Rendering of Jean Nouvel-designed Louvre Abu Dhabi
Copyright Ateliers Jean Nouvel
Just in time for French President Nicolas Sarkozy‘s visit today to participate in a ceremony marking the start of construction of the Louvre Abu Dhabi, Human Rights Watch has published a new 80-page report decrying the “exploitation of migrant workers on Saadiyat Island.” A Guggenheim Abu Dhabi and other cultural facilities are also planned for that site, as well as a New York University liberal arts campus.
According to HRW’s latest allegations:
Thousands of South Asian migrant workers building a US$27 billion island development in the United Arab Emirates face severe exploitation
and abuse, in some cases amounting to forced labor. Labor-supply agencies, construction
companies, and repressive laws are responsible for the abuse….
The UAE government and the authorities responsible for developing Saadiyat Island have failed to tackle the root causes of worker abuse: unlawful recruiting fees, broken promises of wages, and a sponsorship
system that gives an employer virtually complete power over his workers….
Research on Saadiyat Island did show that authorities have taken some positive steps. Although workers’ accommodations were still under construction when Human Rights Watch visited the island, they appeared to be relatively hygienic and not overcrowded. TDIC, the government-owned company overseeing the island’s development, has sought contractual guarantees from construction companies that they will not confiscate workers’ passports, use forced labor, or commit other abuses.
Reuters News Agency sought the U.A.E.’s side of the story. Andrew Hammond reports:
The Tourism Development & Investment Company, which is in charge of the island’s development, said construction had not yet begun and special care was being taken over workers’ welfare. A statement said contractors were obliged not to seize passports and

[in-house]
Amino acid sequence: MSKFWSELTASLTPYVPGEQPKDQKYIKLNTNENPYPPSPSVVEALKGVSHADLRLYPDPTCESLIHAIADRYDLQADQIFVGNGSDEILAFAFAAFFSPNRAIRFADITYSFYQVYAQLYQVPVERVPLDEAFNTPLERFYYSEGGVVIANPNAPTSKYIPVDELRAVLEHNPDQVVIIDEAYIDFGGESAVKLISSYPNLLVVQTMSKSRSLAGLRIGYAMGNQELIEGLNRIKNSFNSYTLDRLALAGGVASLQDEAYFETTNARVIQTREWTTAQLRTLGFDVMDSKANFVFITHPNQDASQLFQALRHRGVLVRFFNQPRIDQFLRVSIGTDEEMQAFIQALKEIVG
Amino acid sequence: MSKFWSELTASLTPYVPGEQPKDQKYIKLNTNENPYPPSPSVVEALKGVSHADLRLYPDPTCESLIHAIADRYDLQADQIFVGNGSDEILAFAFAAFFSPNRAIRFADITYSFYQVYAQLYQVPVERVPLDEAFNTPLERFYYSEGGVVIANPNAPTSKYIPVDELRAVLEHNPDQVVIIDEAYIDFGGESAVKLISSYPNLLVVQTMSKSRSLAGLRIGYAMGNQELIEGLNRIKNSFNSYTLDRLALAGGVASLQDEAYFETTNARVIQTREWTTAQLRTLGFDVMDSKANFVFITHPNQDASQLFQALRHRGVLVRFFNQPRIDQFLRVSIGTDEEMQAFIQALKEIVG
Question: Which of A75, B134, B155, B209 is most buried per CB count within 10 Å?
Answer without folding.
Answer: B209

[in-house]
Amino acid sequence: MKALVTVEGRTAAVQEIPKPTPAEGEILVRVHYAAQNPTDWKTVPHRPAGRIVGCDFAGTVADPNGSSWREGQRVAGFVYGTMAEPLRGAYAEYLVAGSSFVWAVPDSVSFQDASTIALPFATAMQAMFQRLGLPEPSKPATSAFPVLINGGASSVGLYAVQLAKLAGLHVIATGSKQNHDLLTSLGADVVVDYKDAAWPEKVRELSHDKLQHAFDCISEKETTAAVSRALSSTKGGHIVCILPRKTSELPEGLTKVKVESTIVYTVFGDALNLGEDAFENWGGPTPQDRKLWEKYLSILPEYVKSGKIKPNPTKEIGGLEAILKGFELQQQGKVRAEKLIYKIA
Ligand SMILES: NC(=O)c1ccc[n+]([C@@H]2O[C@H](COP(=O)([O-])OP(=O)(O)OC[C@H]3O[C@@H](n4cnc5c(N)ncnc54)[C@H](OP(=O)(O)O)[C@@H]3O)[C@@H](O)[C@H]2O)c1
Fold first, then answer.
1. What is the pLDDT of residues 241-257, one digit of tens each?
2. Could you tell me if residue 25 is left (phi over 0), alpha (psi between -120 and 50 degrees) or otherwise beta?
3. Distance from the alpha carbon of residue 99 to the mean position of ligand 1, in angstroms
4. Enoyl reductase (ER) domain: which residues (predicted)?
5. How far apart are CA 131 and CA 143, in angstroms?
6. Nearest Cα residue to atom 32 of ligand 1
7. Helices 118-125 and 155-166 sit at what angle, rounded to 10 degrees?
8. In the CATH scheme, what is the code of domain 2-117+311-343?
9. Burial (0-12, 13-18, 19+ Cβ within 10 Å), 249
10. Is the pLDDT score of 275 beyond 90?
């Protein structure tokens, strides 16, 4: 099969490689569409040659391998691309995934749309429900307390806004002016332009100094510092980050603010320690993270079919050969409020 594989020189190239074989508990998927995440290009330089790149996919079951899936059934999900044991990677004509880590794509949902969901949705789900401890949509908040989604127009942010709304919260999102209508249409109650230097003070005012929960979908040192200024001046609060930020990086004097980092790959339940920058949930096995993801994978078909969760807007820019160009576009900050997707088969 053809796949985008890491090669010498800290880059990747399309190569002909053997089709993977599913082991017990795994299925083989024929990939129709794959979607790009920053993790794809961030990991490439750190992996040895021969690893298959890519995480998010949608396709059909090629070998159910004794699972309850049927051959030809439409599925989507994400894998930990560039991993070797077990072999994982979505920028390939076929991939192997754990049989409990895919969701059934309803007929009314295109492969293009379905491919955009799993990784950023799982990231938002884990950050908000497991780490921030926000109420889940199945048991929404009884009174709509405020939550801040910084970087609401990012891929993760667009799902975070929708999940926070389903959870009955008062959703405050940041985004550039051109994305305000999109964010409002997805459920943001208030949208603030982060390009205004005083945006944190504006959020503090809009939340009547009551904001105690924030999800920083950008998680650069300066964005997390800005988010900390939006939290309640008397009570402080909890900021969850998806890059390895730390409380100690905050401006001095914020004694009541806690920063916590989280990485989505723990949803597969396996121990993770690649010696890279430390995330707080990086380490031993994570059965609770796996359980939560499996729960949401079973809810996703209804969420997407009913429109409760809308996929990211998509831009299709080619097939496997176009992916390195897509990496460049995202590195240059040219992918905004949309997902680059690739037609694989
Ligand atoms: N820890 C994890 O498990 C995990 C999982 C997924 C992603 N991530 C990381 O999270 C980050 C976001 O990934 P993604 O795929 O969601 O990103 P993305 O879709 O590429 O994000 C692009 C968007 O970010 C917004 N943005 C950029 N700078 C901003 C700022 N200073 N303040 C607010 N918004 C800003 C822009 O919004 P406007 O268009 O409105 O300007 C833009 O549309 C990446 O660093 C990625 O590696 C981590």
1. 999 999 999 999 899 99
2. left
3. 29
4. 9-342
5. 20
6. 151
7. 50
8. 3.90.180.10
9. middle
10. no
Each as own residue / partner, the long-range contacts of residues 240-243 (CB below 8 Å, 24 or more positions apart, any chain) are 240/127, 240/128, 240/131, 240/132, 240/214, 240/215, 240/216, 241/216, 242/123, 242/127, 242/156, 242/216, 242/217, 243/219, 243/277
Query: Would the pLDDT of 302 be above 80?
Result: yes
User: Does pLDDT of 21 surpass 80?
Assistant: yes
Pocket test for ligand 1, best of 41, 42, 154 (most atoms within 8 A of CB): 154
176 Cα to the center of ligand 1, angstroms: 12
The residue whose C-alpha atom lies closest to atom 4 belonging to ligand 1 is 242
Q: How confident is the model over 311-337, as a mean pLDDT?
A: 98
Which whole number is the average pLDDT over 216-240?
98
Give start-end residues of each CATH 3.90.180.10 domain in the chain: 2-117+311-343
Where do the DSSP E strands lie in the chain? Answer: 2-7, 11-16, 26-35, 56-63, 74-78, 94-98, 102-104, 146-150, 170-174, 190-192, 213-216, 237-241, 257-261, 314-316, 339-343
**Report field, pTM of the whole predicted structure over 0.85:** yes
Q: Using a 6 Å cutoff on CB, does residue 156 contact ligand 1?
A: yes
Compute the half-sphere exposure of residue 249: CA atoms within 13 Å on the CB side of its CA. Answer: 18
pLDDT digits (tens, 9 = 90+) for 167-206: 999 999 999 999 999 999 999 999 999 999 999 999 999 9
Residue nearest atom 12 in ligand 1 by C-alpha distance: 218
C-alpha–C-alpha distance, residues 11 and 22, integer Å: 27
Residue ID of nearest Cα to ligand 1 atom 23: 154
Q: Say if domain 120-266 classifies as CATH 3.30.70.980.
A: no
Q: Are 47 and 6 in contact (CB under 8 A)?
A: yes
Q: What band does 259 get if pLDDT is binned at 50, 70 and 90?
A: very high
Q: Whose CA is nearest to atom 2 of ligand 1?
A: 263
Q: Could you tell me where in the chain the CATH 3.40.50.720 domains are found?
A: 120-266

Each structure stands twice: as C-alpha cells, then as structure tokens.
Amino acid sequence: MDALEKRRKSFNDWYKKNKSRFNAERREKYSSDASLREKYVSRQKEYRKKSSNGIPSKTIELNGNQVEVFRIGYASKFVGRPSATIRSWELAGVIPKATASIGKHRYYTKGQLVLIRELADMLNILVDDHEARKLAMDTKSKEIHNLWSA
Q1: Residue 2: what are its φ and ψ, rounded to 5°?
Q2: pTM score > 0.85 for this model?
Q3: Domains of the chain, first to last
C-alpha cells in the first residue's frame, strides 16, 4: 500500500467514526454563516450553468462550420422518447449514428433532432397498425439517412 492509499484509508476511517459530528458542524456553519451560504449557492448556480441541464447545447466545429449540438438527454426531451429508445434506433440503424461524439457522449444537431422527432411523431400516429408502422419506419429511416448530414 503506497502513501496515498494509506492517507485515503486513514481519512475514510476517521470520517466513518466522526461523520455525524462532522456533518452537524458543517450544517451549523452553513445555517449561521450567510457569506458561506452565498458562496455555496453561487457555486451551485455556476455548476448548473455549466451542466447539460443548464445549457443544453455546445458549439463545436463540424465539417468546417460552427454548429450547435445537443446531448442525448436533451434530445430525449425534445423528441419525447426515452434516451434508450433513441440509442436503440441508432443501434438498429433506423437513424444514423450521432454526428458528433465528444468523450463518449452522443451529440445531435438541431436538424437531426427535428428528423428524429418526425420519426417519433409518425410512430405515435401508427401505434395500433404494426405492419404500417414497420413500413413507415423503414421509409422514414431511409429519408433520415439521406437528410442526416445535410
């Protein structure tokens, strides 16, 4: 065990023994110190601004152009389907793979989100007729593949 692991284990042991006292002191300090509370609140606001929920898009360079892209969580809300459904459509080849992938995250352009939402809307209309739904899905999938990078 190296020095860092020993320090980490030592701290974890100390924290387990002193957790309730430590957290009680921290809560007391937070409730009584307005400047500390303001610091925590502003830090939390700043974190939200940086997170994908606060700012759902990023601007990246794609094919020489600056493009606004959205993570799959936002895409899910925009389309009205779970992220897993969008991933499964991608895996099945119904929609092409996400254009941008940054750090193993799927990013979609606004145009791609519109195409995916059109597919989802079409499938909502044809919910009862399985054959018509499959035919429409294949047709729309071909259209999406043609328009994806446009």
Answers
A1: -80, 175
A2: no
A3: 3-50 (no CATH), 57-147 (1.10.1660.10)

encouraged to pay workers promptly. It said it would implement a Human Rights Watch suggestion to provide copies of contracts in the language of the workers, not only Arabic and English.
And the Guggenheim last week sent me this response to HRW’s latest report:
We are reviewing the report with care and will discuss the issues that HRW has raised with our partner in Abu Dhabi—the Tourism Development & Investment Company (TDIC)….We remain committed to working with TDIC to protect the rights of workers, and to provide a safe and just working environment to the people who will build the Guggenheim Abu Dhabi Museum….
As we have discussed with Human Rights Watch and as is acknowledged in the report, many of the issues are addressed by existing United Arab Emirates laws and statutes. The Guggenheim Foundation’s agreement with TDIC requires both TDIC and the contractors it hires to comply with those laws.
In the report, HRW writes that “Of the institutions that discussed workers’ rights with us, the Guggenheim and the French Museum Agency said that they felt hampered by pressure from TDIC to remain silent on the issue.” It is absolutely incorrect to make this statement regarding the Guggenheim Foundation’s discussions with HRW. No such statement was made, nor was this sentiment implied in any discussion with, or other form of communication from, the Guggenheim.
Protecting the rights of workers who will be working on the construction of the Guggenheim Abu Dhabi Museum is, and continues to be, a serious topic of conversation with TDIC.
A preview of the project, including works from the Louvre and other French national museums, and the first acquisitions for the Louvre Abu Dhabi’s own collection, opened today at the Emirates Palace hotel. For more information about the preview and its artworks, go here.
My French blogging buddy, Didier Rykner of the Art Tribune, has published a list (scroll down) of the Louvre Abu Dhabi’s recently appointed acquisition committee, which includes Pierre Rosenberg, former director of the Louvre.
I also commend to you Charles Bremner‘s report yesterday in the U.K.’s Times about French attitudes towards the Louvre Abu Dhabi and about Sarkozy’s other business during his trip—“opening a naval and air force base in Abu Dhabi” and “desperately hoping to convince Sheikh Khalifa bin Zayed Al Nahyan to buy the Rafale jet fighter. The very expensive new-generation aircraft…has so far failed to win a single export order.”